Writing in Huffington Post, Robert Reich explores the power billionaires like the Koch brothers and the Ricketts family, former owners of TD Ameritrade, current owners of a team I root for, the Chicago Cubs. Reich lays out the different ways these super rich families have used their wealth to influence politics. While Reich cites a Democratic billionaire and middle-of-the-road Michael Bloomberg as non-Republican super PAC bosses, most of the action is conservative. And it is anti-worker.
Rather than look at this as a conservative/liberal issue, it would be better to think about the growing influence of neoliberal ideology, which unites people like Democratic Chicago Mayor Rahm Emanuel and his former boss, Republican candidate for Governor of Illinois Bruce Rauner. Neoliberals believe that the public sector is always superior to the private. They also hate unions the way Joe McCarthy hated communists. These groups control the money, which means they control the media, which – as McLuhan taught – is the “message.” Most Americans distrust unions because they have heard the same propaganda for over 30 years. It’s gotten so bad that 35% of Americans are against raising the minimum wage. I wonder what percent would agree with reversal of the 13th Amendment?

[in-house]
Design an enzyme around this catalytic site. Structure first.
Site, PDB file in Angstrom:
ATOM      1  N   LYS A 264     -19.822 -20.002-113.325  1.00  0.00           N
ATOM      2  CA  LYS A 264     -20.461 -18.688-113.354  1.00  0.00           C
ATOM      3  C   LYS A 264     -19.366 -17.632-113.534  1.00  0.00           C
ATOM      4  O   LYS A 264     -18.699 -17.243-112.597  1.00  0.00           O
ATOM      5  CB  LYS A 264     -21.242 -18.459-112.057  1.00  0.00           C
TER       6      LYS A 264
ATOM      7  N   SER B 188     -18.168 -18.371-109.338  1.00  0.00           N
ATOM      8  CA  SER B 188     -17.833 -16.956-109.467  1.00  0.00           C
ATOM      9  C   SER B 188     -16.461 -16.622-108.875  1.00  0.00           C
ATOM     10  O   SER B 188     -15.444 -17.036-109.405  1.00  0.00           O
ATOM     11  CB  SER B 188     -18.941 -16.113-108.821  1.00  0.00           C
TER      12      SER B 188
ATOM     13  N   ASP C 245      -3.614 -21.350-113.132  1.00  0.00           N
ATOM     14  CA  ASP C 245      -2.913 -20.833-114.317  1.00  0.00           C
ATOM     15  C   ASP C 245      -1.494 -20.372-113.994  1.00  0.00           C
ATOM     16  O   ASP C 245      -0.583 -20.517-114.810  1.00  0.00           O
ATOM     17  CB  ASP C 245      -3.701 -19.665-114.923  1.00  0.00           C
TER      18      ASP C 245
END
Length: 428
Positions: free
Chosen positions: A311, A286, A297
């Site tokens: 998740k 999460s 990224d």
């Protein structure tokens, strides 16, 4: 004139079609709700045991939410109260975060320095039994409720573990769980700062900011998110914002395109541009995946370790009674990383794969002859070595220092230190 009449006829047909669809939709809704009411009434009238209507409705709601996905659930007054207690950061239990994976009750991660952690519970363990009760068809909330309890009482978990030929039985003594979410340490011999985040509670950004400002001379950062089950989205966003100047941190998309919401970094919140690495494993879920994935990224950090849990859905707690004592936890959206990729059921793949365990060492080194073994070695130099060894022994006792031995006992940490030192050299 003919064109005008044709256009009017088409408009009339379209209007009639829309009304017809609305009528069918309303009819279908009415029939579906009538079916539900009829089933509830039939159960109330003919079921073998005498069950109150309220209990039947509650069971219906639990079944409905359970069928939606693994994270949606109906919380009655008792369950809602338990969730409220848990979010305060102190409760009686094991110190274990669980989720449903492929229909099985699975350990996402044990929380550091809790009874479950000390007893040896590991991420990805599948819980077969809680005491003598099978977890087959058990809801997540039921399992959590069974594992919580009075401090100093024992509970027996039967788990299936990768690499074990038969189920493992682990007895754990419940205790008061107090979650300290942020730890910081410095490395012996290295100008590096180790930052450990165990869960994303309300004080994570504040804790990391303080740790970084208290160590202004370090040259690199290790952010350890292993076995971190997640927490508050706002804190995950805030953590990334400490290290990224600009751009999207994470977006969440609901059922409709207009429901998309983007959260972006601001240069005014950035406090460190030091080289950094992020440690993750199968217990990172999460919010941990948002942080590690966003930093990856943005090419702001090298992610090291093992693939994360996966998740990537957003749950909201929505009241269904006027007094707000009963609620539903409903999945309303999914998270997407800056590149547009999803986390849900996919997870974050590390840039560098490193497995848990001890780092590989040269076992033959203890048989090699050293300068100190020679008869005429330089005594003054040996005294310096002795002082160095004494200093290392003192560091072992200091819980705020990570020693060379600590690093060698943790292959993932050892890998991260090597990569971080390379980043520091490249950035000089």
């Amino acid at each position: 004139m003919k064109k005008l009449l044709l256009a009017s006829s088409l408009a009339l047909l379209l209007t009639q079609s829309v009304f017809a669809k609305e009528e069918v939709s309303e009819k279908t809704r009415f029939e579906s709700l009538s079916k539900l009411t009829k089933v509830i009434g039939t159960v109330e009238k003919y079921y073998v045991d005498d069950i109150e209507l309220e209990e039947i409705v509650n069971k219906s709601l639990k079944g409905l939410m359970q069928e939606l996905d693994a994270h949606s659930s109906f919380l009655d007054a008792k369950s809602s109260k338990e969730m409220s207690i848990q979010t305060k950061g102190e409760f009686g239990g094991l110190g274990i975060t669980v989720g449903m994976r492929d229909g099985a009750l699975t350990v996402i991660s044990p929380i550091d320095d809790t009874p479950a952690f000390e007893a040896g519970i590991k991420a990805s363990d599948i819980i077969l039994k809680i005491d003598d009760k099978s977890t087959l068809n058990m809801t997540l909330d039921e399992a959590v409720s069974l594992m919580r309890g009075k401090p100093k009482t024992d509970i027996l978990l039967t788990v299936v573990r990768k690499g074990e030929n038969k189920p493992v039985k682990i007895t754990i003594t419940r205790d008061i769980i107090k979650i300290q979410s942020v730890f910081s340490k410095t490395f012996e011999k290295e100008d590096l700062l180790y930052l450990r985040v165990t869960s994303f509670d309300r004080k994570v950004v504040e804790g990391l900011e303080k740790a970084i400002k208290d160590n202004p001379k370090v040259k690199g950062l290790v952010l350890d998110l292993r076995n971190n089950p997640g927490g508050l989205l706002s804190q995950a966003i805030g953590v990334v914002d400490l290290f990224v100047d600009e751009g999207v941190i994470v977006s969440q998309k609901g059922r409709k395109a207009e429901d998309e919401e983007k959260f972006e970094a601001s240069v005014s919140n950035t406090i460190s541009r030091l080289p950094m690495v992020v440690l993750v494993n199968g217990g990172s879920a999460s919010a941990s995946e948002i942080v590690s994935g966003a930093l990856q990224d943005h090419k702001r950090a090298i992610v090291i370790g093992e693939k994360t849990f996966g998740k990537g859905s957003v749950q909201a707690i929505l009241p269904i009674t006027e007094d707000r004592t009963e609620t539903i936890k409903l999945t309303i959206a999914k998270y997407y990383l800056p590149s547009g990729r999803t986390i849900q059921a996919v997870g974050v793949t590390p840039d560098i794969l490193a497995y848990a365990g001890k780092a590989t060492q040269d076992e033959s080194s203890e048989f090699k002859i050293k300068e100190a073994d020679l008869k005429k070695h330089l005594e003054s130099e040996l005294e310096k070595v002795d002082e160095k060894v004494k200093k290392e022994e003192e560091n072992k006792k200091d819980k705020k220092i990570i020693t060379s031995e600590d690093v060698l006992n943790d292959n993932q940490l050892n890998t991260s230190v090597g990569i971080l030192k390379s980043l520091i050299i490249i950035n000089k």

I often cite Seth Godin, who’s one of my favorite writers and thinkers. In his book, The Dip¸ Godin explores how winners know how to quit the things that hold them back from moving forward. The New Yorker has published a short essay by Adrian Cardenas, who last played in the Chicago Cubs organization. He played in 45 games for the Cubs in 2012. Cardenas is eloquent in explaining why he left the big leagues to focus on being a student.